BARRY’S BAY – A nurse at St. Francis Memorial Hospital is sharing in the Christmas spirit with Toronto’s homeless.
Lisa Hovinga has been a nurse for 33 years; she has spent 30 of those years working at the Barry’s Bay hospital.
She is a frequent visitor to Toronto and has seen firsthand the homelessness problem.
“When I go to Toronto, they are always on the street and begging for money,” she said. “Or, saying ‘I am hungry.’ You see their shoes torn or they are in their socked feet.”
While it would be rare to see someone sleeping on a park bench in a rural community, it’s a common occurrence in Toronto. Many of Toronto’s homeless are not from the city at all; they are from surrounding communities or even refugees from other countries.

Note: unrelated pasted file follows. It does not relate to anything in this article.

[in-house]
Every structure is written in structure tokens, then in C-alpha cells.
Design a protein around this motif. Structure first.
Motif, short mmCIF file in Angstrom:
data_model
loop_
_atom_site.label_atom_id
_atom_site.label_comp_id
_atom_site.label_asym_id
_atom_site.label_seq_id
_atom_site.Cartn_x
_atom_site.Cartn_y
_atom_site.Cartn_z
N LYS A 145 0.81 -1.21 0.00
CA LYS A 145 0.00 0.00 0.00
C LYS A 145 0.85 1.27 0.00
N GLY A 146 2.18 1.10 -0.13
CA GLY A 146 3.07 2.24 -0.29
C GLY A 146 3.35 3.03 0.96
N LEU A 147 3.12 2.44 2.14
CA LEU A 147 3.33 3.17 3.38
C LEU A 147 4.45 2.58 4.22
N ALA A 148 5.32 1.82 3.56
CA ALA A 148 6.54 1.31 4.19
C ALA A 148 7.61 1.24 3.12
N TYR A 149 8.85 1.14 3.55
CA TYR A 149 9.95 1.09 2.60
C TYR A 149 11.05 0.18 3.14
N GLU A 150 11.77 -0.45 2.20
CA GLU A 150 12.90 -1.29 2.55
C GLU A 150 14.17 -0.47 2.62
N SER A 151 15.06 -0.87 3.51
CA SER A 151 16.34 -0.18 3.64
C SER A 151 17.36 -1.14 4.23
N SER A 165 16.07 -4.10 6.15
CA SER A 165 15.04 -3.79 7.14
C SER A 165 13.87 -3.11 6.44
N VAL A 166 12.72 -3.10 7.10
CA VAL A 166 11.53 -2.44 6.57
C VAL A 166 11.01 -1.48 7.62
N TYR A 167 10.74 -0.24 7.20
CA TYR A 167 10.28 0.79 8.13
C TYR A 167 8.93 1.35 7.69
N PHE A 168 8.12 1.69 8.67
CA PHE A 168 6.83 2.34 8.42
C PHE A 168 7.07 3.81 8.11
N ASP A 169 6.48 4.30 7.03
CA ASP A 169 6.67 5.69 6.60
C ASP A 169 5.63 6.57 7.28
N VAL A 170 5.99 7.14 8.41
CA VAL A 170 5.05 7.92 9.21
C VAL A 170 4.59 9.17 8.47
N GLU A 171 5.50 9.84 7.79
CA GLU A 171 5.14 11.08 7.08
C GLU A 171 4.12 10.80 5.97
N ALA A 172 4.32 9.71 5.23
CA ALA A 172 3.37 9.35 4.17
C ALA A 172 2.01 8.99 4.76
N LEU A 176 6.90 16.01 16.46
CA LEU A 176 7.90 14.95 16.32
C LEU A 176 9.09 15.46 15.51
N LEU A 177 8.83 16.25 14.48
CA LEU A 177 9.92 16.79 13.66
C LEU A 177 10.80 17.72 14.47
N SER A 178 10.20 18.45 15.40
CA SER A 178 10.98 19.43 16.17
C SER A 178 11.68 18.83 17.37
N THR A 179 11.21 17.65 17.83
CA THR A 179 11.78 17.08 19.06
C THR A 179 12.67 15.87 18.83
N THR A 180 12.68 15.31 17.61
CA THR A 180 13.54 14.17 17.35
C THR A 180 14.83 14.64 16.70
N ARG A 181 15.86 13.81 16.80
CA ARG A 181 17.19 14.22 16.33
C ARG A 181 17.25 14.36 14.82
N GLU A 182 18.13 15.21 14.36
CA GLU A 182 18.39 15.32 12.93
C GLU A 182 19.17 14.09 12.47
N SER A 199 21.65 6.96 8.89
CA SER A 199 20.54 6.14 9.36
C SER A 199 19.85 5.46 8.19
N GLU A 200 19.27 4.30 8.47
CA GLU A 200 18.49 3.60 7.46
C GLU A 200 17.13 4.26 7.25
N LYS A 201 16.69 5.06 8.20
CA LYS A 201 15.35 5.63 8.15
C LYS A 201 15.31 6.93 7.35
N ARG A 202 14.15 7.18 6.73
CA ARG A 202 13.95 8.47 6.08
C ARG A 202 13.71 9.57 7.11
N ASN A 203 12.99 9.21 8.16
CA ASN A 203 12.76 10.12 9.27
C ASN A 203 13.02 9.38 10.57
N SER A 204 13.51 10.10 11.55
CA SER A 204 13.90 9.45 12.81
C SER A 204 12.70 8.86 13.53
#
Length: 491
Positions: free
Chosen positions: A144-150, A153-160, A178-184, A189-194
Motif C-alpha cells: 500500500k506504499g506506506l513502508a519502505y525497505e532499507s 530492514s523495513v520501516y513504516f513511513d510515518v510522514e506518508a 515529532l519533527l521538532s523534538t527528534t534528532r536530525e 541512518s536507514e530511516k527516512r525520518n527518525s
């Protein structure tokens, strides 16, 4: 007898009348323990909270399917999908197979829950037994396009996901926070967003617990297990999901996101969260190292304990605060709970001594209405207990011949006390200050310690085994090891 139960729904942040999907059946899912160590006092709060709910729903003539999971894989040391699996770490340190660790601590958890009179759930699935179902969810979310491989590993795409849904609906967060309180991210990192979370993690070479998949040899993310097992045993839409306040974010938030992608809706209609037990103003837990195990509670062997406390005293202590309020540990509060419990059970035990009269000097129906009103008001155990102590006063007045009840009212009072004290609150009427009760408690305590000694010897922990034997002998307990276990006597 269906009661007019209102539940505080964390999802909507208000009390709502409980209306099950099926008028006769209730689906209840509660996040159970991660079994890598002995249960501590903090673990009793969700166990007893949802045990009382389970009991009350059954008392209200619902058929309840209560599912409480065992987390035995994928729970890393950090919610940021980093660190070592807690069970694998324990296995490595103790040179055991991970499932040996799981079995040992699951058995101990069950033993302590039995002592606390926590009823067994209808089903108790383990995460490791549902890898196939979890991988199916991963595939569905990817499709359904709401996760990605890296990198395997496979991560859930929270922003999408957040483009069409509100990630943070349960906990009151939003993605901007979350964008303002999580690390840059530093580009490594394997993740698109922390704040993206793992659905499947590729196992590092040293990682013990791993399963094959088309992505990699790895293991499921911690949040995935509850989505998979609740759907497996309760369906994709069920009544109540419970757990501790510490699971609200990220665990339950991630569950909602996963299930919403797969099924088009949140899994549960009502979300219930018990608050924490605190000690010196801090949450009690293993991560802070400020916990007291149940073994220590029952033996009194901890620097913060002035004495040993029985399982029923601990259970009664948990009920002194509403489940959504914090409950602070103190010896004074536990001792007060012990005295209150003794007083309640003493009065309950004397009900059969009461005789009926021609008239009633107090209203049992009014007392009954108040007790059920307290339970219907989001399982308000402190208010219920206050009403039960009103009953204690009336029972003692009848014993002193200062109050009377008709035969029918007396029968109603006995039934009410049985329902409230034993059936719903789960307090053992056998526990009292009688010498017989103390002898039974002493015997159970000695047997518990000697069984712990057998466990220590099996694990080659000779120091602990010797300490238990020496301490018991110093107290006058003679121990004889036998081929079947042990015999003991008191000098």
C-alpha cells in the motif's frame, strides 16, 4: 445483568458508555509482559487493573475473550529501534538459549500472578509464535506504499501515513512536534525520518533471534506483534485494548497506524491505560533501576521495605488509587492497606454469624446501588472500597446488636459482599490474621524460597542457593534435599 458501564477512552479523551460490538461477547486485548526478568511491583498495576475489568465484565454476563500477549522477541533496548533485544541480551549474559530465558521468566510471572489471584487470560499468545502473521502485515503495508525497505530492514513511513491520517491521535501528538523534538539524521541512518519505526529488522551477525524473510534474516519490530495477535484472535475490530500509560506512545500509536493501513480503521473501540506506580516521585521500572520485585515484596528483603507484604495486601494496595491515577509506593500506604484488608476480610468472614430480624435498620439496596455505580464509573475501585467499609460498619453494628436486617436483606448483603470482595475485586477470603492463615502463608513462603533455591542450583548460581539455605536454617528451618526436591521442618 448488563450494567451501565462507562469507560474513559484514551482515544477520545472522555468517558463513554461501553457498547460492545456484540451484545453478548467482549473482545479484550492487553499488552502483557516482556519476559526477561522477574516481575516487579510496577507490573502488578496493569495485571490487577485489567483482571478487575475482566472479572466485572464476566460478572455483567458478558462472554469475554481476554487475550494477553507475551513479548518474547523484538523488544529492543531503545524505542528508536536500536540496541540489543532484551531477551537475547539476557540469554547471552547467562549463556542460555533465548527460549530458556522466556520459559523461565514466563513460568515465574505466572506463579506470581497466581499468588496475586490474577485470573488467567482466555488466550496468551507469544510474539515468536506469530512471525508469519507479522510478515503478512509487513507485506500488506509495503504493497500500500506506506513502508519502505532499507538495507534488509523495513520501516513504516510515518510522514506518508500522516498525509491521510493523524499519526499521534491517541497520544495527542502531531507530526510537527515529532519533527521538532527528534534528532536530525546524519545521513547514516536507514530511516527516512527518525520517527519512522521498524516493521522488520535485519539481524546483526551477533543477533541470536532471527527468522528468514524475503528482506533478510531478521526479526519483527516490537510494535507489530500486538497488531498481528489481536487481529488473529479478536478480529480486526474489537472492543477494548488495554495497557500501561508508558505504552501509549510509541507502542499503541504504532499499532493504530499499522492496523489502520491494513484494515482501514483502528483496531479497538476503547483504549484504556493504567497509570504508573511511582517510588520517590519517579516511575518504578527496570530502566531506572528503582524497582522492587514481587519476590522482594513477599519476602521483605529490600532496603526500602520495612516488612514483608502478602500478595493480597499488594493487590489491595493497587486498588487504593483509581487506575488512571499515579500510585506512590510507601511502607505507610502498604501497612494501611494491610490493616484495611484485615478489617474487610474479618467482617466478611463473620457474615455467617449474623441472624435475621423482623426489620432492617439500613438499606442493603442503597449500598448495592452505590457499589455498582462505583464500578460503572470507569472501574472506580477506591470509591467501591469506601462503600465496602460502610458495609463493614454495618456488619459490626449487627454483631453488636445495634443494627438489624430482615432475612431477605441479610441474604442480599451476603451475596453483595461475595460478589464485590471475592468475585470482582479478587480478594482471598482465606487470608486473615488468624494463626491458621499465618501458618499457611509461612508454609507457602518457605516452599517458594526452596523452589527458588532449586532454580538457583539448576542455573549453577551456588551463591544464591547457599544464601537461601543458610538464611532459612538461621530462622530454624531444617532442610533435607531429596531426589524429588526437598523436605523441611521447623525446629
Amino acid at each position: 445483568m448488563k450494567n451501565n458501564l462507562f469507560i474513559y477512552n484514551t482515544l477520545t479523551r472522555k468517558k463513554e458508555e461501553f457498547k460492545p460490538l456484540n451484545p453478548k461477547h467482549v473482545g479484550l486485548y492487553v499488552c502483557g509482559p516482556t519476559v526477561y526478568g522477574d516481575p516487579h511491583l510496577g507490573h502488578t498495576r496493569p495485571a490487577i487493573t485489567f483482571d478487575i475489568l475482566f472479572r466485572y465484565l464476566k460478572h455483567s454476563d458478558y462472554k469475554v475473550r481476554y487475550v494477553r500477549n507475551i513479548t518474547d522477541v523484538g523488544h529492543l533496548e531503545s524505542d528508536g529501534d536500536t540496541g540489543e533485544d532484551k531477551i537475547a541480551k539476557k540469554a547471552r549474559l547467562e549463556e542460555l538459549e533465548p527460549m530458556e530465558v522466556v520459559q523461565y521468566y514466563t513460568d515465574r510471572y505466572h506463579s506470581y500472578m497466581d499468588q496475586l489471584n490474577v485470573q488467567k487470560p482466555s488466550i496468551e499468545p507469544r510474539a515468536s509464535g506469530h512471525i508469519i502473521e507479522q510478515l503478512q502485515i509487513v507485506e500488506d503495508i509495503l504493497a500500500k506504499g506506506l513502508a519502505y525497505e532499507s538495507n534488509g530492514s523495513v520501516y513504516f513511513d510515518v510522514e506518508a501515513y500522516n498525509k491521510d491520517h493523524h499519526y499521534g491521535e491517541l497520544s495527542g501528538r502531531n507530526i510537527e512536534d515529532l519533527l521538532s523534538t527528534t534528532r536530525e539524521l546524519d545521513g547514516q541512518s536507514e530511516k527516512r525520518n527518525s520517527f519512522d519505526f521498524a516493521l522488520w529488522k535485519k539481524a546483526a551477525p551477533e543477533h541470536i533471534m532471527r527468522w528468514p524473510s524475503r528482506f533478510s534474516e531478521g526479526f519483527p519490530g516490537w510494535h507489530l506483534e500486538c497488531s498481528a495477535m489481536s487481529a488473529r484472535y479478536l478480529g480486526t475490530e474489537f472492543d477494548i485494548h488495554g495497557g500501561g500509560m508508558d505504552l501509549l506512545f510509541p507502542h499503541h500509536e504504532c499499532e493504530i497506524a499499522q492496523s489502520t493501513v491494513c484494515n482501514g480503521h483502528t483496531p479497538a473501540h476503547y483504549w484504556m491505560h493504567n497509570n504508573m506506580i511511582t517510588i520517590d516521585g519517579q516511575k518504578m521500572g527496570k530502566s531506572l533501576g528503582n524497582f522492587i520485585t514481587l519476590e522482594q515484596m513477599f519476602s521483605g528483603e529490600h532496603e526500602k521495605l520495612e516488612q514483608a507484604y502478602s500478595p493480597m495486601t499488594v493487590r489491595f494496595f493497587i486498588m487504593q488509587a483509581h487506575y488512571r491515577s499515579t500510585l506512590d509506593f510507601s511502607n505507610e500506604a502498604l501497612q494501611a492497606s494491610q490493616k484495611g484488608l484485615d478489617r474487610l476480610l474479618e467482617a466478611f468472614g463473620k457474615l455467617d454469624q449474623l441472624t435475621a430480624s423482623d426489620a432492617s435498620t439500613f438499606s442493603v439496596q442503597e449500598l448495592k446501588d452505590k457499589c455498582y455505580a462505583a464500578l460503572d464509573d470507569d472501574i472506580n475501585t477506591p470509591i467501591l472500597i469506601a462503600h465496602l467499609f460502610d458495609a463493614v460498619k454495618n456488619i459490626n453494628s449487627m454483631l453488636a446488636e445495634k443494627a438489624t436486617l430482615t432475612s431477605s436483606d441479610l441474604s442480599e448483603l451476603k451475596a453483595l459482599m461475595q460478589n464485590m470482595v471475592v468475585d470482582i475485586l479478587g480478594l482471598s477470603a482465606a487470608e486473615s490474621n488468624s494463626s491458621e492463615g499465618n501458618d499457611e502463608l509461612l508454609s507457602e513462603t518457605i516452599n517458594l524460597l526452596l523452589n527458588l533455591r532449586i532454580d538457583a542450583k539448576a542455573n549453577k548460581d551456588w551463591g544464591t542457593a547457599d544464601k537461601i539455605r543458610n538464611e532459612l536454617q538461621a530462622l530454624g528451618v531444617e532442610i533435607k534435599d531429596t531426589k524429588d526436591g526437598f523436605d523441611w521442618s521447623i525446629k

According to the City of Toronto, 16,000 unique individuals used the city-administered emergency shelter system in 2016. That’s four times the population of the Madawaska Valley.
“I don’t know how they survive,” Hovinga said. “It was snowing the one night we were there.”
One person was ‘fortunate’ enough to own a tent.
“They were sleeping in a tent on a grate,” she said. “Normally it was cardboard boxes and they are huddled together in sleeping bags. They are on every corner, every little alcove, every heating grate. There is someone laying there in a sleeping bag, covered with cardboard boxes, begging for change or something to eat. They are cold, they are hungry.”
Hovinga, who has also volunteered her time caring for the poor in Haiti, wanted to do something about what she saw on Toronto’s streets.
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